A Taste of Pure Heaven


I bought a tomato this evening at my local farmers’ market– a Japanese momotaro, deep red and as sweet as candy. I sliced it up, sprinkled it with a bit of salt and had it with my supper. It was like a taste of pure heaven.

As I might have mentioned in past posts, I’ve had a change in lifestyle in the last few months and I am, little by little, changing the way I eat. Before my shift in eating habits, I would visit the local farmers’ markets on occasion, usually to enjoy the outdoor entertainment and exotic prepared foods that are also featured at these markets. I rarely did my food shopping there; afterall, produce was much cheaper at my local supermarket. Futhermore, the notions of sustainability and eating local foods never crossed my mind.

This recently changed when I picked up a copy of the Whole Life Times, a local magazine about “green” and conscious living. In the September edition, I found an interview of Alice Waters, a chef and restauranteur who is credited with bringing about the “local eating” revolution in this area. In the article, she mentions her newest book, The Art of Simple Food: Notes, Lessons, and Recipes from a Delicious Revolution. I acquired a copy of the book and spent a glorious weekend salivating over her minimalist, but oh-so-satisfying recipes. Her recipes emphasize eating locally-grown, organic foods and methods of slow cooking.

It was at that moment the light went on, and I signed on to this thoroughly sensible approach to food. Last Saturday, I did most of my food shopping at the farmers’ market. I even brought canvas bags so I wouldn’t look too much like a “localvore” newbie toting around plastic ones!

Yes, I spent a little more on the green onions and bundles of fresh rosemary and parsley. Yes, the squash and pears were not perfectly uniform in shape and size like the ones in the supermarket.

But I’m taking a wabi-sabi approach to my food: a little imperfection is not a bad thing. And by preparing my own meals for a whole week from these foods instead of grabbing something from the local “gag-in-a-bag” fast food place several times during the week makes up for the extra expense.

This revolution in eating has propelled me to do a little more research. There are more reasons than just my good health for eating locally and simply. I discovered a whole list of reasons: Ten Reasons to Eat Local Food. Take a look at this site and you’ll see what I mean.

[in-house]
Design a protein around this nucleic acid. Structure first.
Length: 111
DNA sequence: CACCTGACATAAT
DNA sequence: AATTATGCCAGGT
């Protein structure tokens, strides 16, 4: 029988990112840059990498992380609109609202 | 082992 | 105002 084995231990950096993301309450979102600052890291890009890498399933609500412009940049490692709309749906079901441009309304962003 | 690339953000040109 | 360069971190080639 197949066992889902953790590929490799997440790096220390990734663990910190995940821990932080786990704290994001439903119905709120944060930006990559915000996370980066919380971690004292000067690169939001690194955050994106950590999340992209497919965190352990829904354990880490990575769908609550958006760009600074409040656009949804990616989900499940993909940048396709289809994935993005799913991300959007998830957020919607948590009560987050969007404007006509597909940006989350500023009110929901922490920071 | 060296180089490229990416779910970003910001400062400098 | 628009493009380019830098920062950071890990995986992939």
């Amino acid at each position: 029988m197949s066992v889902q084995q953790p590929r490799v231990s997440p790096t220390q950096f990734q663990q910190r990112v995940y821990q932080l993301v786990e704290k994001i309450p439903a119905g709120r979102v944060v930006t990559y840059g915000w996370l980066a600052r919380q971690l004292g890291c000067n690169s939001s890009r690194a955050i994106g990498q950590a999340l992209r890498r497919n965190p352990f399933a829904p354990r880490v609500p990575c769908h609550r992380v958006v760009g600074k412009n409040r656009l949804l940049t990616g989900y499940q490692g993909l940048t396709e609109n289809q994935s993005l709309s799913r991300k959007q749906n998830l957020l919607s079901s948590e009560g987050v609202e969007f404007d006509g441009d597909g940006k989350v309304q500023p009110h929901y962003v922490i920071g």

In the meantime, pass me the tomatoes and a shaker of salt.

Text and Image: Lori G.(c) 2007


5 responses »

  1. Accelerating the revolution by writing a piece like this is so inspiring Lori. Fresh food is sometimes more expensive but I have found it out lasts anything I buy in a supermarket and I have far less waste. It is extraordinary really. I had no idea how stale so called fresh fruit and vegetables were until I began to buy quality produce. Bravo!

  2. Farmer’s markets are the best! When we shop there, not only are we eating fresh and simple, we are financially supporting our local community. FYI — I bet that tomato was extra rich in phytonutrients!

  3. Last weekend I had the worst kind of supermarket tomato at a restaurant in Queens, NY that prides itself on its food. I was shocked to see it on the plate. Nothing like the ones I got out of my garden this summer, or that were otherwise grown locally.

  4. Lori! I’m so glad to read this and hear this about your choice. Little by little, person by person, the revolution grows. Isn’t Alice Waters a delight? I think I’ve said this before but I can’t recommend Michael Pollan’s book The Omnivore’s Dilemma enough, for anyone who wants to find out what they are really eating at fast food joints, most restaurants, and in packaged supermarket foods. Also how that food found it’s way there and at what cost to our health and the environment. Great post, Lori.

  5. Great post, Lori! Farmer’s Markets are wonderful. We love fresh food in our family. I’ll have to wait for next June to go back to ours here, though. It has closed for the season. For some reason, they object to doing business outdoors in the cold wind and snow…Of course, what would they sell out here in the winter, nice fresh icicles and powder snow? In the mean time, we hit the natural food stores in Ft.Collins when we can.

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